Article IV.1 and Article IV.2 BCEL are the Belgian competition rules equivalent to Articles 101 and 102 TFEU. Article IV.1, Section 1, BCEL stipulates that ‘without the need of a prior decision to that effect, all agreements between undertakings, all decisions by associations of undertakings and all concerted practices, the aim or consequence of which is to prevent, restrict or distort significantly competition in the Belgian market concerned or in a substantial part of that market are prohibited’; whereas Article IV.2 BCEL states that ‘without the need for a prior decision to that effect, the abuse by one or more undertakings of a dominant position in the Belgian market concerned or in a substantial part of that market is prohibited.’

In that regard, it is important to recall that in 2015, the Prosecution Body adopted a settlement decision in relation to an abuse of a dominant position, which was a first in Belgium.11 The European Commission, for example, does not apply the settlement procedure to abuses of a dominant position.

The facts of that case are as follows: in May 2013, four companies active in the sports betting sector betting lodged a complaint with the BCA against the National Lottery. Besides its activities linked to the organisation of public lotteries, for which it benefits from a legal monopoly, in 2013 the National Lottery started to offer sports betting. According to the complainants, the National Lottery abused its dominant position when launching its sport betting product, Scooore!. Although the Prosecution Body dismissed most of the objections raised by the complainants, it nevertheless considered that the National Lottery infringed Article IV.2 BCEL, as well as Article 102 TFEU, by:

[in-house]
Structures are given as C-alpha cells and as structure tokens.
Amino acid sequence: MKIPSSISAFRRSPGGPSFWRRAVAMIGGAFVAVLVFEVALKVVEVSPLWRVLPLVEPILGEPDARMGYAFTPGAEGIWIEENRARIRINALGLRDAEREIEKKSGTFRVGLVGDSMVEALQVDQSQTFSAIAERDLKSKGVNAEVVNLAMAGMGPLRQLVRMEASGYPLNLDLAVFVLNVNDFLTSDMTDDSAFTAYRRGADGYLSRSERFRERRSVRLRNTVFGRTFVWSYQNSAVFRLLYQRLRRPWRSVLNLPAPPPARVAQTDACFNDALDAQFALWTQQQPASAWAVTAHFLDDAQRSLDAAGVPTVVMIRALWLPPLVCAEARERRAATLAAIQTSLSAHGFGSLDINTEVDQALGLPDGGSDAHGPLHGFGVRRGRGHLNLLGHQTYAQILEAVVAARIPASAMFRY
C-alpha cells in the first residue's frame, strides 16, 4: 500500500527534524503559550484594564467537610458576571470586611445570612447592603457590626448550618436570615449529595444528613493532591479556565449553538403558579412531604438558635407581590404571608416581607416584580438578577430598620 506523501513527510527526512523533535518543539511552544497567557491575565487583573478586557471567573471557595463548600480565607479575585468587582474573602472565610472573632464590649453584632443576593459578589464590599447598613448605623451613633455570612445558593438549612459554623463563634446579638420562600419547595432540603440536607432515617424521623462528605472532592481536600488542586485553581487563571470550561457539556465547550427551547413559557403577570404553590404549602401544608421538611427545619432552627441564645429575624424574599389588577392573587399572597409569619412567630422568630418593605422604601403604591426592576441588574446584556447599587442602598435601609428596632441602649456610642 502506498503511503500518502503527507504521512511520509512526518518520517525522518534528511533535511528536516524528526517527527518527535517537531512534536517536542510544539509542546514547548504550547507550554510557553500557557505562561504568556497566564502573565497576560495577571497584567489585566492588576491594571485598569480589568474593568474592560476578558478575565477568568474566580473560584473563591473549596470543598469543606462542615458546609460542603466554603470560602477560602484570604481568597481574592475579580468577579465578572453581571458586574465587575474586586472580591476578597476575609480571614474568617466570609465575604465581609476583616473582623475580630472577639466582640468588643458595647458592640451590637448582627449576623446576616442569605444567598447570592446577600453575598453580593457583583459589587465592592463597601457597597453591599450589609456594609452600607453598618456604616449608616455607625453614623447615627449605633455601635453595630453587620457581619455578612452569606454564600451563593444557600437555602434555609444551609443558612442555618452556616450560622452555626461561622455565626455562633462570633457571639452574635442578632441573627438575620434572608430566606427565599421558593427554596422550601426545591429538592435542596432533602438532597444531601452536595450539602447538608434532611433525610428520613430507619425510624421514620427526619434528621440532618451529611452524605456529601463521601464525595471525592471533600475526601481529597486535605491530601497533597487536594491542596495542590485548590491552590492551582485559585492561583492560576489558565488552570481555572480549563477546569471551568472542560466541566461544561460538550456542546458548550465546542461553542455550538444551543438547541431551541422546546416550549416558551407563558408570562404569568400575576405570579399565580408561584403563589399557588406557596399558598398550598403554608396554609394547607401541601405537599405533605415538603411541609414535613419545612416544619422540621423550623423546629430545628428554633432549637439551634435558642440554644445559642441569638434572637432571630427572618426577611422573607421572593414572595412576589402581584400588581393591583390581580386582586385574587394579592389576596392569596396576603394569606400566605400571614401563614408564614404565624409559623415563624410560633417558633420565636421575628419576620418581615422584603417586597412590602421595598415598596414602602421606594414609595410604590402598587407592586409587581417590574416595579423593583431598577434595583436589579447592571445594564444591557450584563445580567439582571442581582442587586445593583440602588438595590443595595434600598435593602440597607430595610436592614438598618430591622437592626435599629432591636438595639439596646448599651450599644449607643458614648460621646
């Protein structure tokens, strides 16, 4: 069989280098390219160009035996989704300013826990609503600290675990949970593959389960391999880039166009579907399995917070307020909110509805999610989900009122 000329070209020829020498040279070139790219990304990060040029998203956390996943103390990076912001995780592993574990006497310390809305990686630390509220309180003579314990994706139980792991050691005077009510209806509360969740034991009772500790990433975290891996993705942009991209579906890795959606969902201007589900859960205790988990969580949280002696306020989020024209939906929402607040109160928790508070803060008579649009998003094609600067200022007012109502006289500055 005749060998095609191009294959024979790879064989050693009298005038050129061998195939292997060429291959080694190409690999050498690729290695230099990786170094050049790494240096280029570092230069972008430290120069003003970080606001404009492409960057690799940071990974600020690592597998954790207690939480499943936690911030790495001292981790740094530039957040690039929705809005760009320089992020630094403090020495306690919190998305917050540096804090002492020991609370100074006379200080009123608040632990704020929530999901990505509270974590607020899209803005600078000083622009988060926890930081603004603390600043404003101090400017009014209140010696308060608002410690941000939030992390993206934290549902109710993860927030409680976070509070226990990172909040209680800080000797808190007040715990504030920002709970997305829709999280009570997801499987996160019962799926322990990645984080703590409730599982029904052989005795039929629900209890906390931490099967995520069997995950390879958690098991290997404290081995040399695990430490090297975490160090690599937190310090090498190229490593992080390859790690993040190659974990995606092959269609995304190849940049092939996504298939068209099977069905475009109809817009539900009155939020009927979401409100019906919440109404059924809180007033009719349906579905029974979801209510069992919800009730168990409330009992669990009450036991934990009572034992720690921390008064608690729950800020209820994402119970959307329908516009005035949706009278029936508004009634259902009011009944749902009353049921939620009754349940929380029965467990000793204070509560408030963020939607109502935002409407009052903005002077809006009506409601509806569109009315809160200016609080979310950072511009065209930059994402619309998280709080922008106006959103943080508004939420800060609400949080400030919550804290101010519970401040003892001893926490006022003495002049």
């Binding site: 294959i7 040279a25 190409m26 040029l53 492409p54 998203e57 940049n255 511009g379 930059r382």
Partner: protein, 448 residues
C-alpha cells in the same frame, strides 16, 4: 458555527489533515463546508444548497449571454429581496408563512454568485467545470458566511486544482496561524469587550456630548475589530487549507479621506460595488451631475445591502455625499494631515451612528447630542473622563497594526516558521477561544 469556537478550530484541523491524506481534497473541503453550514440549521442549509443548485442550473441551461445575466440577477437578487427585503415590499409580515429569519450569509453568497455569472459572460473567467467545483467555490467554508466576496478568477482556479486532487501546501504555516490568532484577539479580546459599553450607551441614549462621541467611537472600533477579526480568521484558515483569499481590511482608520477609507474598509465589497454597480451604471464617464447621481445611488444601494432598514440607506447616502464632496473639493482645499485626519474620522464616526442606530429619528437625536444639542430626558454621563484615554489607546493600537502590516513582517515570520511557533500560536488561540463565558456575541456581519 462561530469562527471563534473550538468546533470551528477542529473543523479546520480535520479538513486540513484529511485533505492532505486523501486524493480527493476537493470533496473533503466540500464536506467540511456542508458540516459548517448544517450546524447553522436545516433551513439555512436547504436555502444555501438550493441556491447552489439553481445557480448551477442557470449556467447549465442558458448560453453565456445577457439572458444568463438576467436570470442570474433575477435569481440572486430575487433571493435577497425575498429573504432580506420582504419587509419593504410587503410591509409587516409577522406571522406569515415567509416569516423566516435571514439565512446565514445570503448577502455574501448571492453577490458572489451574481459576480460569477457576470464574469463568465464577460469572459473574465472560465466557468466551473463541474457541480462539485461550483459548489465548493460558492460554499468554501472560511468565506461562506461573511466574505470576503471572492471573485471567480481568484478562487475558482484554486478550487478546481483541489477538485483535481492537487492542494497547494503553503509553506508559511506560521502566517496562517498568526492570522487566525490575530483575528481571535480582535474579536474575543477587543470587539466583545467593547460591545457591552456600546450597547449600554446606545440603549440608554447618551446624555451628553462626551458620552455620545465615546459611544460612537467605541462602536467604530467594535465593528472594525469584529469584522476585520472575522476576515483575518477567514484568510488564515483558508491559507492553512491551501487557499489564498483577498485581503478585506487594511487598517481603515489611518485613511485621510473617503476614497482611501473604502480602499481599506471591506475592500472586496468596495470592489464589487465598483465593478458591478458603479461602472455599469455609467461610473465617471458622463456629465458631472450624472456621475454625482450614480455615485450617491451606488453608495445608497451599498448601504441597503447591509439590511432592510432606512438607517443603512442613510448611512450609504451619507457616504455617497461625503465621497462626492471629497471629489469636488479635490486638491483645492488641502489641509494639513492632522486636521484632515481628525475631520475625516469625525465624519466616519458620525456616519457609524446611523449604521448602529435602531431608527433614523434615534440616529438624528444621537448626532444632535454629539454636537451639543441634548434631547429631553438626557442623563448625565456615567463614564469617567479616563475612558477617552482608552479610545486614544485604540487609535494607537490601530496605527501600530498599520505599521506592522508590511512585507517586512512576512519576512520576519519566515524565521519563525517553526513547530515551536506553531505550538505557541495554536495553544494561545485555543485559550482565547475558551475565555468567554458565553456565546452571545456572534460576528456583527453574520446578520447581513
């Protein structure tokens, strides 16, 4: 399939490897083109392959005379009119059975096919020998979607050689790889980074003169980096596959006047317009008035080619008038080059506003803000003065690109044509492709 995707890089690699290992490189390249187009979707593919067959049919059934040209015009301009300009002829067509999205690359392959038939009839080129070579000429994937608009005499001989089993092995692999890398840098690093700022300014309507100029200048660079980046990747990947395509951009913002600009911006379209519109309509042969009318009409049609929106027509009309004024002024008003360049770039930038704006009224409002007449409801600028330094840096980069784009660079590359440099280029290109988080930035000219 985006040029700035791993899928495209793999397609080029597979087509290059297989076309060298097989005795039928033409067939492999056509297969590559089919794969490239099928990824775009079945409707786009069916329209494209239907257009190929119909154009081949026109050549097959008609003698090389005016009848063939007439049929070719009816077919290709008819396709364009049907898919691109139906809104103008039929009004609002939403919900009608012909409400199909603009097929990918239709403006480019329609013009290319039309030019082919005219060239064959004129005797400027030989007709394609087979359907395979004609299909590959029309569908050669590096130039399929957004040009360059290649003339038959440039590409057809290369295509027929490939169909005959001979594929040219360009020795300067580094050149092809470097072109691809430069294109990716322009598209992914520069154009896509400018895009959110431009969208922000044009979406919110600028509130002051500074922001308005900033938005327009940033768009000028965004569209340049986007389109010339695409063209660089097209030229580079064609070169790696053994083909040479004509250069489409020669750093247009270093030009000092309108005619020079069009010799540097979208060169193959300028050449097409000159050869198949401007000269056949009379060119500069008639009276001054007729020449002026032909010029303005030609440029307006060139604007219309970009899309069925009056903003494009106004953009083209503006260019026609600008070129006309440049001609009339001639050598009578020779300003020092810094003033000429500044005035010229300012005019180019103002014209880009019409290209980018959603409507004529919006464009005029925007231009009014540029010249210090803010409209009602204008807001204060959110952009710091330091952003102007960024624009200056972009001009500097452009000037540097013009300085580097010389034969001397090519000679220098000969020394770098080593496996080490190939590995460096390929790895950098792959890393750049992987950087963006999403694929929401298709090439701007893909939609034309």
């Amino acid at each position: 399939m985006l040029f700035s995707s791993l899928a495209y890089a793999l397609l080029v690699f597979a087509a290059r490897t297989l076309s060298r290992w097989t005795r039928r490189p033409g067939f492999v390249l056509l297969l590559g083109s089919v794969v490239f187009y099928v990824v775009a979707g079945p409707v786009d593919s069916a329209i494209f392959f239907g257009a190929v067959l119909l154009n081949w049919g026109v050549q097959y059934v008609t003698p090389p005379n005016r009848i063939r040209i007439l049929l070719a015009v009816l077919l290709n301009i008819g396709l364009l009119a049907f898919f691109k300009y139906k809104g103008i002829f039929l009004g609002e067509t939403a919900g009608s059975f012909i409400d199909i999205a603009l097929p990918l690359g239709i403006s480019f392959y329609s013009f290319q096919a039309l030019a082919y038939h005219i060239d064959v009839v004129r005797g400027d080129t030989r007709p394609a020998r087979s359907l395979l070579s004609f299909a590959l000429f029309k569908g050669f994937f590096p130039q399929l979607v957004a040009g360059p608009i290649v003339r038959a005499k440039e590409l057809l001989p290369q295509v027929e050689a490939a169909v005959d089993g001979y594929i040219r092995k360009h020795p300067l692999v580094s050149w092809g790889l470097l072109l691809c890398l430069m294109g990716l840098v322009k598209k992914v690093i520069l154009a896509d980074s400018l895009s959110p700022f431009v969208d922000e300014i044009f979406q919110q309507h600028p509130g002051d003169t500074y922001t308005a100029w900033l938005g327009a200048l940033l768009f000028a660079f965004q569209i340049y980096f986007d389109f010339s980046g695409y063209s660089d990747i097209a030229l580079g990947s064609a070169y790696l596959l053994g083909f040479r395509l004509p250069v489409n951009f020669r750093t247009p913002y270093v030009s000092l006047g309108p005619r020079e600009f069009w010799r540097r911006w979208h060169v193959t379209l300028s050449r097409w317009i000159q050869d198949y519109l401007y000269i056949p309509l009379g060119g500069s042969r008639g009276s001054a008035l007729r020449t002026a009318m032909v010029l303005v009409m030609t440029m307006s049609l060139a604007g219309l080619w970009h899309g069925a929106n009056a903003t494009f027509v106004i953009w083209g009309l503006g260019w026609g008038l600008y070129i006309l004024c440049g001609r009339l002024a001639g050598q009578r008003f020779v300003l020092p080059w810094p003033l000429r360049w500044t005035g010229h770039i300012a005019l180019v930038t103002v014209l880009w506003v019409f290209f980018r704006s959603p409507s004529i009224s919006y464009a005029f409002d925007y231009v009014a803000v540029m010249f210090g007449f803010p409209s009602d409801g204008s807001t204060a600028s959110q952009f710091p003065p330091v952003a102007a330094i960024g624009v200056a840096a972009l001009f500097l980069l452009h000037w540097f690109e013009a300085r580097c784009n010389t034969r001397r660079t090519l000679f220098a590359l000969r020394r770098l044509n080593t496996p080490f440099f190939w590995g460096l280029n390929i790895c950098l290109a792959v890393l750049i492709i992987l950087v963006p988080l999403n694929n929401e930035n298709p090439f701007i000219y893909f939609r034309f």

1. making a one-off use of contact details of persons registered in its database obtained within the framework of its legal monopoly in order to send a promotional email for the launch of Scooore!; and
  2. requesting and receiving from its dealers commercially sensitive information about competitors active in the sports betting sector.

Regarding the first practice, the Prosecution Body recalled that certain behaviour carried out on a market other than that on which an undertaking has a dominant position can be considered as an abuse of a dominant position even when such behaviour actually took place on that linked market and produced its effects on that same market, and not on the market where it is dominant.

Applying a fine for the first time since releasing its 2014 fining guidelines, the Prosecution Body imposed a fine of €1.19 million on the National Lottery.